It’s Time to Ring the Alarm During Black History Month
February is Black History Month, and I would like to take this opportunity to highlight and promote Black mental health wellness and resources available for individuals coping with mental illness.
The Congressional Black Caucus’s report on Black Youth Suicide and Mental Health stated it best—we need to Ring the Alarm regarding the crisis of Black youth suicide in America.1 I would venture to extend this alarm to include the crisis of suicide in Black America.
- The suicide rate among Black youth experienced an upward trend with the largest percent change in the 15–17-year age group (4.9%) and among girls (6.6%) each year between 2003 and 2017.2
- Between 2014 and 2019, the suicide rate increased by thirty percent for Black individuals.3
This is a crisis, and we need to act with urgency. Communities are suffering from the trauma of witnessing and experiencing racism and discrimination; difficulty in identifying culturally sensitive mental health care providers; being underinsured or uninsured to be eligible to receive mental health care; and unfortunately, due to stigma surrounding mental illness, discomfort, and shame in seeking help to maintain mental wellness.
How can we promote Black mental health wellness? First, we must accept that it's okay not to be okay. Second, be aware of daily activities that can have a positive impact on our mental health and think about ways each of us can best implement them into our lives.
- Taking care of your physical health, since your physical and mental health are connected.
- Getting enough sleep. Sleep affects your mood.
- Healthy eating. Good nutrition will help you feel better physically but could also improve your mood and decrease anxiety and stress.
- Connecting with others. Having good social support may help protect you against the harms of stress.
- Practicing mindfulness, meditation, or relaxation techniques.
- Taking a break from negative information.
But if there comes a point where you are feeling hopeless there are several resources readily available and here are a few to start:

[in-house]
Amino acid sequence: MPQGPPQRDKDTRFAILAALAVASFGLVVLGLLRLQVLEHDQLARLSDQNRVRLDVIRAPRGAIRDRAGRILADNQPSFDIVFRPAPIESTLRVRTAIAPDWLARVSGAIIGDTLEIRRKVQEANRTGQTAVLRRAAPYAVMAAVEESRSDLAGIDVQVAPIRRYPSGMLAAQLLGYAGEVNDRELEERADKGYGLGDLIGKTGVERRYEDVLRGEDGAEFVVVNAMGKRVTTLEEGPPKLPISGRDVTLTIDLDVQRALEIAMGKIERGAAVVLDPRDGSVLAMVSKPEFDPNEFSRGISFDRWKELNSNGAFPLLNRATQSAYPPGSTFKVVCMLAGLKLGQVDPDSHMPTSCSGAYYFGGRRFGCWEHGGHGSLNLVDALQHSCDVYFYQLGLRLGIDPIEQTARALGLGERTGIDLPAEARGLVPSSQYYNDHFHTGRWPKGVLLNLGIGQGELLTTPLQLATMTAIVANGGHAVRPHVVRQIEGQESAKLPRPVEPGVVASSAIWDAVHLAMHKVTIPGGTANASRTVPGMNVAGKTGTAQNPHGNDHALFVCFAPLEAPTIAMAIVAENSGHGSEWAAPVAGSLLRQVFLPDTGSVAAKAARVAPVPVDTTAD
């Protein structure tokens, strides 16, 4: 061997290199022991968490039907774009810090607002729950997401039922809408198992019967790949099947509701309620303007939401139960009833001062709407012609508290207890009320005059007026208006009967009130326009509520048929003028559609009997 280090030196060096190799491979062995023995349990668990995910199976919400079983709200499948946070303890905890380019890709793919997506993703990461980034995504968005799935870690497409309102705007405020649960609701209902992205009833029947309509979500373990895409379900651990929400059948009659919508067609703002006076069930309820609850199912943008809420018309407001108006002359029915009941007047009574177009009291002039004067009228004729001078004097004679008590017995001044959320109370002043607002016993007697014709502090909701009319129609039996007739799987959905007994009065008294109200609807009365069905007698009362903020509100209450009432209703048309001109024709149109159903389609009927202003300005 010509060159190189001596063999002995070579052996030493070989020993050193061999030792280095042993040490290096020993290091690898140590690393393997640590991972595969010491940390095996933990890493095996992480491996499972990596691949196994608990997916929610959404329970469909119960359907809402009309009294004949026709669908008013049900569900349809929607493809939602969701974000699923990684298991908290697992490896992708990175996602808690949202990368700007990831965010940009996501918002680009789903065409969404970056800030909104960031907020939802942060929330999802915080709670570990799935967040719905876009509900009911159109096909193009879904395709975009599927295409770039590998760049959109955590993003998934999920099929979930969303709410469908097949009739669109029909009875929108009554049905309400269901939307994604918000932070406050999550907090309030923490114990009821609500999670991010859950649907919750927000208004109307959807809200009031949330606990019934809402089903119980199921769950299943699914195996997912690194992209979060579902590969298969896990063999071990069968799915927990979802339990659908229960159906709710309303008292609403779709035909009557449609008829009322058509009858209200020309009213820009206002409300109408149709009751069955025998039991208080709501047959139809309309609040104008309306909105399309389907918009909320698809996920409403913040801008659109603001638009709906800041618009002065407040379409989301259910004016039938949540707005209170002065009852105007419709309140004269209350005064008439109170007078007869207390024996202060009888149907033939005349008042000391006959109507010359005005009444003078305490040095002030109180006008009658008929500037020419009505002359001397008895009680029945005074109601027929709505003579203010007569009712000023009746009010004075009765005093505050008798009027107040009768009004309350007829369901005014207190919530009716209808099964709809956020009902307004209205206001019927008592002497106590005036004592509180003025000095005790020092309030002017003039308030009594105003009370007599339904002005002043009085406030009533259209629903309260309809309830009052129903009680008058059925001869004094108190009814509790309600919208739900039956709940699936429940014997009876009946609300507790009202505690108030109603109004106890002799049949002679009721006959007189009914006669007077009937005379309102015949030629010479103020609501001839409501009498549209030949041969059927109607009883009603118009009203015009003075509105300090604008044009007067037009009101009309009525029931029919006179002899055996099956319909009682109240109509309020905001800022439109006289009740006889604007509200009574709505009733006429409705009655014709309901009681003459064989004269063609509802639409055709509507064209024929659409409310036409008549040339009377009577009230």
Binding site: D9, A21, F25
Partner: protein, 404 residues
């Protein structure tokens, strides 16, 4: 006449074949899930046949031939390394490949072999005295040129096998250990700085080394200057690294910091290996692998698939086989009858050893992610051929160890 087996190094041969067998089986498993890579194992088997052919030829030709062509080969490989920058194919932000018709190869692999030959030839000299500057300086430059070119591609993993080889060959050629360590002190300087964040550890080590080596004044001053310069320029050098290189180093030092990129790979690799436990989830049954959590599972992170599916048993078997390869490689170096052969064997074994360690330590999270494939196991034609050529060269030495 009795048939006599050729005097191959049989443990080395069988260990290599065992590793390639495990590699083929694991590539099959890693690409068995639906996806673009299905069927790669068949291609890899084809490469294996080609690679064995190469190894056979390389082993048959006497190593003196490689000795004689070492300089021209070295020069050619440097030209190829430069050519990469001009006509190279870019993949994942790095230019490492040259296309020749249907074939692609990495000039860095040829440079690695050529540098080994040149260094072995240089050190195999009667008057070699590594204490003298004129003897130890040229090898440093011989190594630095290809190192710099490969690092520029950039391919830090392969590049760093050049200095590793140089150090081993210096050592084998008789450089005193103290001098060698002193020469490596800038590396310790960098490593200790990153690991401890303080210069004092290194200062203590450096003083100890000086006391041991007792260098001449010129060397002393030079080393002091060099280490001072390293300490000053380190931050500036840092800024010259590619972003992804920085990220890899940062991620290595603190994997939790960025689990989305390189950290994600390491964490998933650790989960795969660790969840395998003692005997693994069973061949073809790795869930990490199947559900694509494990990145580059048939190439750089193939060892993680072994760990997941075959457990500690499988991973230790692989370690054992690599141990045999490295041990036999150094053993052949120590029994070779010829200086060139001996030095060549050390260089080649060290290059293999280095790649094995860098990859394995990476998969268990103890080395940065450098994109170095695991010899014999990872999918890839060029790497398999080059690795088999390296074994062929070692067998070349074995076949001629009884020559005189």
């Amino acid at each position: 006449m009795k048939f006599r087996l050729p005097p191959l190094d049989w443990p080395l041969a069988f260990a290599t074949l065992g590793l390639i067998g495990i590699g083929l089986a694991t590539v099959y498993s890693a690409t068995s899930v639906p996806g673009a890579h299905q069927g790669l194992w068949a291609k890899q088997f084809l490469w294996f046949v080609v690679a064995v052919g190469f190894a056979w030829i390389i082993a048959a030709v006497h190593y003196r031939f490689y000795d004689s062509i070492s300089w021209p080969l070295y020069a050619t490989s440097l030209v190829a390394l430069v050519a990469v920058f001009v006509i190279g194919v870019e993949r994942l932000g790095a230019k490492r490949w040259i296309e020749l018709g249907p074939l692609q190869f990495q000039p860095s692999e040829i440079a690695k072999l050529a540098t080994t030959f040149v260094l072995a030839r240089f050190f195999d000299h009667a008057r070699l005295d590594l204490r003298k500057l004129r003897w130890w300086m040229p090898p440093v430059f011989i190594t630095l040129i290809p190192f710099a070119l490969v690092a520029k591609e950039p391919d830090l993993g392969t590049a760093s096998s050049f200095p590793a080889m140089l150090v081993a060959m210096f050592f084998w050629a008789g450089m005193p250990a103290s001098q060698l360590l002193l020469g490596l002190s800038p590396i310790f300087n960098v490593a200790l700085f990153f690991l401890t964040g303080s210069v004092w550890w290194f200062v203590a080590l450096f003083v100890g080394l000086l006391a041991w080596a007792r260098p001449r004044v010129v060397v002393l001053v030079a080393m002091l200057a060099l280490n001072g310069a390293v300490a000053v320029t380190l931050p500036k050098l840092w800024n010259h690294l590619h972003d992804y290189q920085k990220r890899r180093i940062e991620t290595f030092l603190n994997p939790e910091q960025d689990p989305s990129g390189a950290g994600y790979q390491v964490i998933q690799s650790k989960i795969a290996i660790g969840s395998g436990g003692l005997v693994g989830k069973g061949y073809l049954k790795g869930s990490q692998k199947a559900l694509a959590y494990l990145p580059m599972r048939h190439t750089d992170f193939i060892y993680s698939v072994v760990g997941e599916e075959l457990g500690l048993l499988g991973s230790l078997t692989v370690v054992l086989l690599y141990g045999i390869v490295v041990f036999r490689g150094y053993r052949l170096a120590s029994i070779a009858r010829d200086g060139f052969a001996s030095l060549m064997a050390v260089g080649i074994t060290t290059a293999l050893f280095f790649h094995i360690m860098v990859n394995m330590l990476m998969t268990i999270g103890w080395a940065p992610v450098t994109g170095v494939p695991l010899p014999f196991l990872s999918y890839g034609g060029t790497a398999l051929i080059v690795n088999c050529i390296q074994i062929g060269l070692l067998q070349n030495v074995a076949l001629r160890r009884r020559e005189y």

- Black Mental Health Alliance — Directory of Black Psychiatrists
- Black Female Therapists
- Black Emotional and Mental Health (BEAM) - Black Virtual Therapist Network
- Loveland Foundation – Therapy Fund
- Psychology Today – Black or African American Therapist
- Sista Afya: Community Mental Wellness
- Therapy for Black Men
- Therapy for Black Girls
- SAMHSA Treatment Referral Helpline 1-877-726-4727
Final thought…we must address this crisis from all angles. A coalition of people are needed to not only ring the alarm but address the issues causing the problems. Prevention is a long-haul endeavor and as such, we must address the downstream outcome of death by suicide in Black individuals by actively addressing the upstream risk factors, particularly social determinants or social factors that impact our mental health. As health-care professionals, researchers, school administrators, legislators, community leaders and advocates, we must find new and effective ways to address this crisis. During this Black History Month and every day that follows, let our actions lead to solutions and most of all to saving lives.
- Congressional Black Caucus. (2019). Ring the alarm: The crisis of Black youth suicide in America. https://watsoncoleman.house.gov/uploadedfiles/full-taskforce-report.pdf
- Arielle H. Sheftall, Fatima Vakil, Donna A. Ruch, Rhonda C. Boyd, Michael A. Lindsey, Jeffrey A. Bridge, Black Youth Suicide: Investigation of Current Trends and Precipitating Circumstances, Journal of the American Academy of Child & Adolescent Psychiatry, 2021, ISSN 0890-8567, https://doi.org/10.1016/j.jaac.2021.08.021.
- Ramchand R, Gordon JA, Pearson JL. Trends in Suicide Rates by Race and Ethnicity in the United States. JAMA Netw Open. 2021;4(5):e2111563. doi:10.1001/jamanetworkopen.2021.11563)